Apple’s popularity increasing need for Mac antivirus
by Alan Zisman (c) 2010
published in Business in Vancouver November 23-29, 2010 issue #1100
Riding on the coattails of Apple’s wildly successful iPod, iPhone and
iPad, sales of the company’s Macintosh computers have outpaced the
personal computer industry as a whole.
Part of the attraction to the Mac has been the belief that they are
immune to the ongoing security assault that affects Windows users.
So far, that’s been a good bet. Mac users have been able to sit back
and watch while their Windows-using colleagues suffer from viruses,
spyware, scareware and multiple infestations of malware.
Some of that has been the result of what might be called security by
obscurity – there is much less payoff to the bad guys in targeting the
much smaller Mac user-base. Equally the case: the Mac’s OS X, like
alternative PC operating system Linux, is based on Unix – designed for
multiple users with security in mind, and harder to infect.
Windows, despite Microsoft’s ongoing efforts to beef up security,
remains at its core a less secure system.
Mac (and Linux) users are subject to just as much spam and phishing
scam emails as anyone else and can inadvertently pass on virus-bearing
email attachments to their more vulnerable Windows-using colleagues.
(And Macs and Linux PCs running Windows in virtual sessions are just as
vulnerable to infections as any other Windows system.) Despite this,
few Mac users bother to install any sort of security software, and
generally haven’t suffered any consequences.
Security vendor Sophos (headquartered in the U.K., with a major
facility in downtown Vancouver) thinks the time has come for Mac users
to take security more seriously. In a Sophos-sponsored survey, 95% of
respondents believed that the honeymoon was over, feeling that Macs
would be increasingly targeted in the future.
At the beginning of November, the company released Sophos antivirus for
Mac, free for home users. It claims to protect users from all known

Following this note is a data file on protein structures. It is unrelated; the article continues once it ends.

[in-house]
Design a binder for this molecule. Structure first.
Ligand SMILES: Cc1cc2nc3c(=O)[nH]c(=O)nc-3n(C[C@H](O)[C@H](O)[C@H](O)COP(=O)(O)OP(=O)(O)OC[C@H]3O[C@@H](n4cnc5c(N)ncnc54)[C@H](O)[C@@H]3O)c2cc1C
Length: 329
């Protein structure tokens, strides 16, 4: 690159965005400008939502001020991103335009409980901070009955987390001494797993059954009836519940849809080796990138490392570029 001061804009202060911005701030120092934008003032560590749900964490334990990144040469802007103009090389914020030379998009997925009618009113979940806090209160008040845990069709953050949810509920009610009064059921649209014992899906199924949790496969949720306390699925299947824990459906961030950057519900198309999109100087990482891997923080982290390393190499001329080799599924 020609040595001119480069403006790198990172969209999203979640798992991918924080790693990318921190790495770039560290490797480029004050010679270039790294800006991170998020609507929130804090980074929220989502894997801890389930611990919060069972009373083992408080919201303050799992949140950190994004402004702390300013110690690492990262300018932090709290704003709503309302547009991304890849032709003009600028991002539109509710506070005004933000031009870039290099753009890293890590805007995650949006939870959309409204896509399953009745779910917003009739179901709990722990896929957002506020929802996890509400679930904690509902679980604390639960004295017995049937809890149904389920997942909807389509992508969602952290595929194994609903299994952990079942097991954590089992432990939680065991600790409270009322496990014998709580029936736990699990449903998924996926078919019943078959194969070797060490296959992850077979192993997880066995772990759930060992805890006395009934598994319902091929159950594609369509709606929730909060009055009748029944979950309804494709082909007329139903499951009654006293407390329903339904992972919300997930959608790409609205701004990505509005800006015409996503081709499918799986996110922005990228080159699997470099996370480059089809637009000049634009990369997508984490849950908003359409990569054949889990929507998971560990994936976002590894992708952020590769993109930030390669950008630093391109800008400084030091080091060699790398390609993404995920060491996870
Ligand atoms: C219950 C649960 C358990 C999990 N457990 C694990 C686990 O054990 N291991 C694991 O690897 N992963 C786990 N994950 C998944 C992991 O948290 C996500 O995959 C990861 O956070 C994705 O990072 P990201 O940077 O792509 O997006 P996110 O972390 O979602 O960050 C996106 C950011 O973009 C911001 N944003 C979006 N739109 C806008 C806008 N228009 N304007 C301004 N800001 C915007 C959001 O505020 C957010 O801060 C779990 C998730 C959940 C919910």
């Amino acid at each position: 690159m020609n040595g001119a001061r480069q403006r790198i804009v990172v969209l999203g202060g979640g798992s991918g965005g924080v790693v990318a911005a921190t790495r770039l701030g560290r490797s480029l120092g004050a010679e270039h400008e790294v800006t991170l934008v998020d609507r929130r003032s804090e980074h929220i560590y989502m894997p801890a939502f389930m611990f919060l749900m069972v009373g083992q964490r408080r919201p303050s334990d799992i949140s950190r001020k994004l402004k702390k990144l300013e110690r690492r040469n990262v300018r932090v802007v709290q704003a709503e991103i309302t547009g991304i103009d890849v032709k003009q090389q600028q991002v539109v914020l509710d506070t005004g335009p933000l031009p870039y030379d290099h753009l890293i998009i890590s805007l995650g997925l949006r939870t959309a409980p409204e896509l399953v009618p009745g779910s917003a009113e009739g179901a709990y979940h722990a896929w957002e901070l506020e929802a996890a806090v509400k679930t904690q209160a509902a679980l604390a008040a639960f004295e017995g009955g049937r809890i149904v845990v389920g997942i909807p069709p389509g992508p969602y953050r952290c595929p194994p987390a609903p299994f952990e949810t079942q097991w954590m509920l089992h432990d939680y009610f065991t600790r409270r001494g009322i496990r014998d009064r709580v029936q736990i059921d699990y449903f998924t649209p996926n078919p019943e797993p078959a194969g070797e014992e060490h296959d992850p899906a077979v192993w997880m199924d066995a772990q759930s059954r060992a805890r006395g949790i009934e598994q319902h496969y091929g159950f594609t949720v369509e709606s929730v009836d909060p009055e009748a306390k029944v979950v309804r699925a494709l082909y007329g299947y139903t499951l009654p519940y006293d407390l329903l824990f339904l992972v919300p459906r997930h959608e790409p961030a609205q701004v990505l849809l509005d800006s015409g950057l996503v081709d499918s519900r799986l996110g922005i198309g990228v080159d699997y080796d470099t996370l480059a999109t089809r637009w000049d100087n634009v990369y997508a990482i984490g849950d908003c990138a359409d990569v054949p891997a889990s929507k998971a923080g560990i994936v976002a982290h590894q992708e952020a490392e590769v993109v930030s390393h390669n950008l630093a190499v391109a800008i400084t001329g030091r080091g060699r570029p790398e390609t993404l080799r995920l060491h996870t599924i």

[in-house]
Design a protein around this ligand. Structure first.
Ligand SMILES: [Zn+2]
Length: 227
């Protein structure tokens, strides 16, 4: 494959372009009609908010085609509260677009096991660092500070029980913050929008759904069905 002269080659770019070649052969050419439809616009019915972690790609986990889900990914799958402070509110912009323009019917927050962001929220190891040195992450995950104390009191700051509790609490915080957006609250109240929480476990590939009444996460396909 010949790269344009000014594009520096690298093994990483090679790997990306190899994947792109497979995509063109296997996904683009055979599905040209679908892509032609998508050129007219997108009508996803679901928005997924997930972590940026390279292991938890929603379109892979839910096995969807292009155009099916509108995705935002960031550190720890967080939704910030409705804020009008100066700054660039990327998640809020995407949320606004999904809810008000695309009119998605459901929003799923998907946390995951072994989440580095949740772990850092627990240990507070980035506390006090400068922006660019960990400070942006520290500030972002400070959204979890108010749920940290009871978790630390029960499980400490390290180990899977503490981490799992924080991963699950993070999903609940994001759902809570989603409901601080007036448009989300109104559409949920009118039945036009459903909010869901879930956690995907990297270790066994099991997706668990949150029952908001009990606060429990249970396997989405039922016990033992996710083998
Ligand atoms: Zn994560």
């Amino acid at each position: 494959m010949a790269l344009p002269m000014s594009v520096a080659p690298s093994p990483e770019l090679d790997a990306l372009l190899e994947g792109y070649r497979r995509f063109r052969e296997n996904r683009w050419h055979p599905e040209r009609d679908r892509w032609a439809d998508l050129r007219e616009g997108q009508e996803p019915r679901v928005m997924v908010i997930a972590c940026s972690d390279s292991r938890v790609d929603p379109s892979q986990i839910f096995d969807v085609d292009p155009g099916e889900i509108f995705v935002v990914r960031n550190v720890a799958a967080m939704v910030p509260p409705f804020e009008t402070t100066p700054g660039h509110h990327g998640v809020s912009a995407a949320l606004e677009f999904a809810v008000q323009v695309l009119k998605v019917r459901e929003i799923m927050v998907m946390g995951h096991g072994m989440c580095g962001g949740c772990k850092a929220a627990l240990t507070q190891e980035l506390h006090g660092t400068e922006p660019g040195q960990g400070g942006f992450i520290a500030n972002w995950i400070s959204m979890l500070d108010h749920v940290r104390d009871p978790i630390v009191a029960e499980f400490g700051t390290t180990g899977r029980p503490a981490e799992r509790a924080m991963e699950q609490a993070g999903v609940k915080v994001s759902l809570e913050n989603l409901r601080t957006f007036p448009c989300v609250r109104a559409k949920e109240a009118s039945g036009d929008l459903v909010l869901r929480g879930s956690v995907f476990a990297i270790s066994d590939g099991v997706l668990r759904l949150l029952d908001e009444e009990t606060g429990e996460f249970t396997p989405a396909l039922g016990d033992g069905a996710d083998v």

malware, “both Mac- and Windows-specific threats including
Trojan-horses, viruses, worms and spyware.” While only a small number
of Mac-specific threats have been identified, Sophos notes that Macs
have recently been targeted by faux versions of commercial software on
pirate download sites and erotic video sites that require specific
viewer software that contains malicious code.
Sophos’ free software runs in the background without requiring manual
system scans and can disinfect existing infections. It can clean
Windows malware from infested USB flash drives plugged into a Mac.
Home users can download the free product from www.sophos.com/freemacav.
It runs on current Intel Mac models and on older PowerPC Macs, running
operating system versions 10.4 (Tiger), 10.5 (Leopard), or 10.6 (Snow
Leopard). The company also offers Sophos Antivirus ($165 per year –
free trial available) for Mac and Windows small-business users, along
with a variety of other security programs.
Sophos is not alone in hoping Mac users will become more security
conscious. In October, Panda Security released Panda antivirus for Mac
($50 per year for home users – free trial version available). Panda
vice-president Ivan Fermon predicts that when the Mac’s worldwide
market share reaches 15% – it currently hovers around 10% – “hackers
will begin to aggressively target attacks.”
Panda claims to have identified 5,000 strains of Mac-specific malware,
a number that is growing by about 500 each month. (By comparison, Panda
Labs is identifying 55,000 new Windows-focused threats each day.) A
nice feature: Panda’s Mac product will check a connected iPhone or iPad
for malware – devices that are likely to be increasingly targeted in
While there are fewer Linux than Mac users, they might also want to
install security software. Perhaps the easiest to use: Avast for Linux
– again, free for home use. (The Czech company also offers free and
paid products for Windows.)
While security software is increasingly being recommended for Mac and
Linux users, for Windows users, it’s an absolute necessity. For home
and small-business users, my recommendation: Microsoft’s free Security